We should bow deeply before the orchid and the snail and join our palms reverently before the monarch butterfly and the magnolia tree. The feeling of respect for all species will help us recognize the noblest nature in ourselves. –Thích Nhất Hạnh
I’m honored to share with you some wonderful news:
Thanks to my blog entry about Overwintering Monarchs in Orange County, California, I get play a small part in a program designed to raise public awareness about overwintering spots for Monarch butterflies in Mexico!
A team of biologists from Ensenada approached me a while back, asking permission to use the photo I’ve reposted at the top of this page.
We have some pictures and diagrams of the Monarch but we don’t have pictures of the Monarch when they are clustered in the eucalyptus tree. We would like to have this pictures so people have an idea what to look for to find the Overwintering spots…. We applied thru the National Park of Sierra de San Pedro Mártir to get founds from the CONANP (National Commission of Protected Natural Areas) to raise awareness of the status of the Monarch Butterfly in Baja California. We got a [grant] to make a 2 day workshop for 20 people. We are inviting personal from the Natural Protected Areas from Baja California, also representatives of the Nongovernmental Organisations that work with Conservation and Wildlife in the area (Terra Peninsular, Pro Esteros, FASOL, etc). The workshop will be given by my fellow Biologist Ibes Favian Davila and Felipe Leon, who recently attended a Monarch Conservation Conference in Alamo Sonora…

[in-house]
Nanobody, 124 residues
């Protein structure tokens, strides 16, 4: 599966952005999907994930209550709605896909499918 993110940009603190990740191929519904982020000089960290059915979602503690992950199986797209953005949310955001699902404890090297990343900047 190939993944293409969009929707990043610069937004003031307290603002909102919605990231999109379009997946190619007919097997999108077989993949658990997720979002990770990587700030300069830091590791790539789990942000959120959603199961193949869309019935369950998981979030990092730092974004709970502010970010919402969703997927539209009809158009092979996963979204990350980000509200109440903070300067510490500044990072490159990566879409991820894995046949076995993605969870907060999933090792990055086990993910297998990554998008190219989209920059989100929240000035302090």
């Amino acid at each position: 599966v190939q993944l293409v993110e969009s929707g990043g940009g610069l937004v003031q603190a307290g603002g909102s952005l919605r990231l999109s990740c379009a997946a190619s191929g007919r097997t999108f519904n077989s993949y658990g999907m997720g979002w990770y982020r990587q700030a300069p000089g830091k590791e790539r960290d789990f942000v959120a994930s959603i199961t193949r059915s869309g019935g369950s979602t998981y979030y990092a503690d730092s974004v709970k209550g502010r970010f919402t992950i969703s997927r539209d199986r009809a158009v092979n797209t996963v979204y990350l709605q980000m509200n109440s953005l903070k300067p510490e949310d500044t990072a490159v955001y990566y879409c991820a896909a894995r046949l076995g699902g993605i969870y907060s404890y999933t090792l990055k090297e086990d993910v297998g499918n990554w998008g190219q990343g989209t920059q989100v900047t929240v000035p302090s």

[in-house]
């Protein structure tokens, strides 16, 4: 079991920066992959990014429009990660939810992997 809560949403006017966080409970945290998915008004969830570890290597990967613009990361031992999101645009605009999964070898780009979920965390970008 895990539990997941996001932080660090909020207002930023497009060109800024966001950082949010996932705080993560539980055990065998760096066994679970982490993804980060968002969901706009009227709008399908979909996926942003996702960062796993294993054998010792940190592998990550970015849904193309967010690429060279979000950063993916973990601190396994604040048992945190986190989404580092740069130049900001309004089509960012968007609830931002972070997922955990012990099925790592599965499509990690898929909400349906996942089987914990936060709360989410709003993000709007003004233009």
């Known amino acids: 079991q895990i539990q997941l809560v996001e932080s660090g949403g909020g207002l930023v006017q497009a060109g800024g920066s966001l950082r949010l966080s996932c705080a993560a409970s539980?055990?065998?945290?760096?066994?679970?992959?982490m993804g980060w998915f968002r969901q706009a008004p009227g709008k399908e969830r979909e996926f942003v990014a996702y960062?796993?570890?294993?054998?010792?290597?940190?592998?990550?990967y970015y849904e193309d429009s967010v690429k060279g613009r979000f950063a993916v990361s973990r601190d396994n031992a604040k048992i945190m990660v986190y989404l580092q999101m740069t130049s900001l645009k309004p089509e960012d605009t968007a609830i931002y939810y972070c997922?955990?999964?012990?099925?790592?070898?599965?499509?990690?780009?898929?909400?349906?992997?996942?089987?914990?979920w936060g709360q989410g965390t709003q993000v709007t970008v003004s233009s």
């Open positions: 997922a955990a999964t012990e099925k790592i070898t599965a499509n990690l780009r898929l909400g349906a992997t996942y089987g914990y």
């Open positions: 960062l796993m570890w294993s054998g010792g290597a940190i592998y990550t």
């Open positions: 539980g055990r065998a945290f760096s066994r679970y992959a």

As part of this public awareness project, biologist Saul Riatiga and his colleagues created posters and brochures that 1) distinguish the Monarch from other butterflies; 2) identify native milkweeds; and 3) describe Overwintering spots. These print materials will be shared among conservation groups, and will also be distributed to communities in and around Ensenada.
I was thrilled to see my photograph in this trifold brochure–while I don’t read Spanish, it speaks to a lifelong wish to make a positive difference in this beautiful world we share.
I’ve learned so much in the process of becoming a Monarch Waystation, and then witnessing the miracle of metamorphosis in my own backyard! So gratifying, to have my own experiences linked to this larger conservation project!
I’ve not yet mastered everything there is to know about Monarch Butterflies — not even close! — so I’m excited to see where this international partnership might lead.
Oh, the places you’ll go…
Dr. Seuss’s words couldn’t be more prescient. This what comes of indulging your curiosity and following your passions, wherever they might lead you. Because, as of my new scientist-friends so wisely said, “Nature doesn’t know about borders.”
You can follow this project on Facebook, at Monarchs en la Oeste. Community members will be interacting with scientists, sharing anecdotes and contributing photos to the overall data collection efforts.